David, and his daughter Lou, do clearly have problems with their mental health that subtly get elucidated throughout the novel, and they undoubtedly stem from the traumatic displacement that they faced due to the wildfire that occurred at their hometown. For instance, in Lou’s dreams, she’s sometimes able to smell the smoke that emanated from the wildfire that day, causing her genuine distress and painful memories that culminates in “tears [trickling] out of her sleeping eyes” (Pg. 40). As for David, he genuinely has trouble with leaving behind his previous life and hopes that he can return to some semblance of normal. He also hopes that his wife and baby are still alive, that he would be able to see Anna and August again as they walk into the camp that they agreed they would meet at. He also wants to return to a time and place where he didn’t have as much responsibility as he does now, where he doesn’t have to worry as intensely as he does now, where he can have fun with friends. That thought of normalcy, of wanting to return to normal as quickly as possible, whether with a routine and his usual family, or with friends and no responsibility, pervaded so much in him that he, for a second time, ignored the signs of leaving a place he knew as a home, ignoring the warnings from another woman who he grew attached to. Marguerite, the woman he grew attached to, told him that they had to leave, but he didn’t listen because he didn’t want to replace the image of his previous family.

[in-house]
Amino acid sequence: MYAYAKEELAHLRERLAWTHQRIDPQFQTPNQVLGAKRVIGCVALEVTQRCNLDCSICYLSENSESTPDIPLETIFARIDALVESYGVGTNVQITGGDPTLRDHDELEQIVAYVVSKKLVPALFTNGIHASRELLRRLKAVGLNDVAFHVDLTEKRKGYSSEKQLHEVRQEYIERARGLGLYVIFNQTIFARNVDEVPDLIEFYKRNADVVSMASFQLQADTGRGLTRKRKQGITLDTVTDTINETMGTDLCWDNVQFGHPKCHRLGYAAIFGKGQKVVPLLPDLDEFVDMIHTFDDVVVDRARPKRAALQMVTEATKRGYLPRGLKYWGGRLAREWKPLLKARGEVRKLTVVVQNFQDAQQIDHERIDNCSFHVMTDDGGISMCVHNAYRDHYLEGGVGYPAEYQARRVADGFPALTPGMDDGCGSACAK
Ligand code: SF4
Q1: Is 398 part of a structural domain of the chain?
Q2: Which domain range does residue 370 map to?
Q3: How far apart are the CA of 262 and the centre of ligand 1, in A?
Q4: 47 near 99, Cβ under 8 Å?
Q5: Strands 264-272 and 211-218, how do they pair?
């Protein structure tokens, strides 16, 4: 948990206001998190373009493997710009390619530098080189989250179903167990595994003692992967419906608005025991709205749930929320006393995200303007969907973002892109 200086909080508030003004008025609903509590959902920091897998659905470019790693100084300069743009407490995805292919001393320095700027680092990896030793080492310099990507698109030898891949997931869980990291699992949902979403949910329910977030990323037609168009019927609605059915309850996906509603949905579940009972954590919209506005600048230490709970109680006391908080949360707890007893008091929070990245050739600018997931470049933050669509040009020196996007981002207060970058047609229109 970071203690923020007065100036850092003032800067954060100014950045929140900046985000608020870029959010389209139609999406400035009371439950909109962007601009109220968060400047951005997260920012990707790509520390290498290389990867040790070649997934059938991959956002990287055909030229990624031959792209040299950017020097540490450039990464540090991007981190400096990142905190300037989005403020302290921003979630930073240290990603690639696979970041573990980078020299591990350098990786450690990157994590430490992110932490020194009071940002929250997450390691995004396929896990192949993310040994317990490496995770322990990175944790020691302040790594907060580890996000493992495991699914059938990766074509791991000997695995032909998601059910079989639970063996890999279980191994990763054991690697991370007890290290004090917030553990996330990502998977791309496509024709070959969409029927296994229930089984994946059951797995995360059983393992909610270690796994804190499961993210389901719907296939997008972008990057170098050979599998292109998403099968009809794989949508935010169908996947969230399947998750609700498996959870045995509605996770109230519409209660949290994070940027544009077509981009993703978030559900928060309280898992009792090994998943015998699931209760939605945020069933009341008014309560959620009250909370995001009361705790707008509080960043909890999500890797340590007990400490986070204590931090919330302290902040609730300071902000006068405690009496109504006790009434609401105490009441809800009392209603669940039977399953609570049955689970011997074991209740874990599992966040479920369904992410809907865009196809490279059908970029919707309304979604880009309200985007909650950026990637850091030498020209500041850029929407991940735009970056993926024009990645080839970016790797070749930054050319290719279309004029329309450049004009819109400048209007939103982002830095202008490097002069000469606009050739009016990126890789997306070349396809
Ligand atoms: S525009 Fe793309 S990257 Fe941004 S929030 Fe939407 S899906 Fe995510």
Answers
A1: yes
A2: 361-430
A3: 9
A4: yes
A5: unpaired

One aspect of loss that I found quite interesting in this novel, and which was particularly salient to me, was the loss of the opportunity to properly and consistently engage with your hygiene. At the camp, there were opportunities that David and Lou had to clean themselves and their clothes from that wretched smell of smoke, but that opportunity was closely monitored and portioned off. During his first shower at the camp, David made the observation of his hygiene quite clear. While in the shower he said, “I had never been so dirty before, so sticky, so dry, so stinking of sweat. And smoke” (Pg. 42). Of course the smoke part would be highlighted quite bluntly, with it being given its own sentence, quite clearly making itself known to the reader. The smoke signified that moment, and the way it haunted him, and the way it would continue to do so pretty much throughout the entirety of the novel. It also has a lingering effect to it, like the smoke, if stayed, could quite mean that August and Anna could stay with him, meaning that the prospect of them coming back could be even more real to him. But the dirtiness of him is also highlighted, and progressively made clearer by the simple but emotive adjectives that are used in that sentence. It bluntly hits home to how dirty he is at that point, and how much the shower means to him. And it also hints to how the absence of that thing was detrimental. Because, in a sense, the importance of hygiene, and the deep and profound impact that it can have on your mental health, can be something that can be taken for granted by the people used to having these facilities available to them at all times. Hygiene is quite clearly the number one way that we present ourselves to the world, and the sight of cleanliness helps us to be considered as a part of whatever society we live in. But, if that’s taken away, the facilities that keep us clean, and our access to them, that can be something quite traumatic in a way because the cumulative stench of the past quite clearly follows you for periods on end, and there’s no way to get rid of it. Hence, there’s no real way to get rid of those memories also, as they follow you like the stench of the previous days.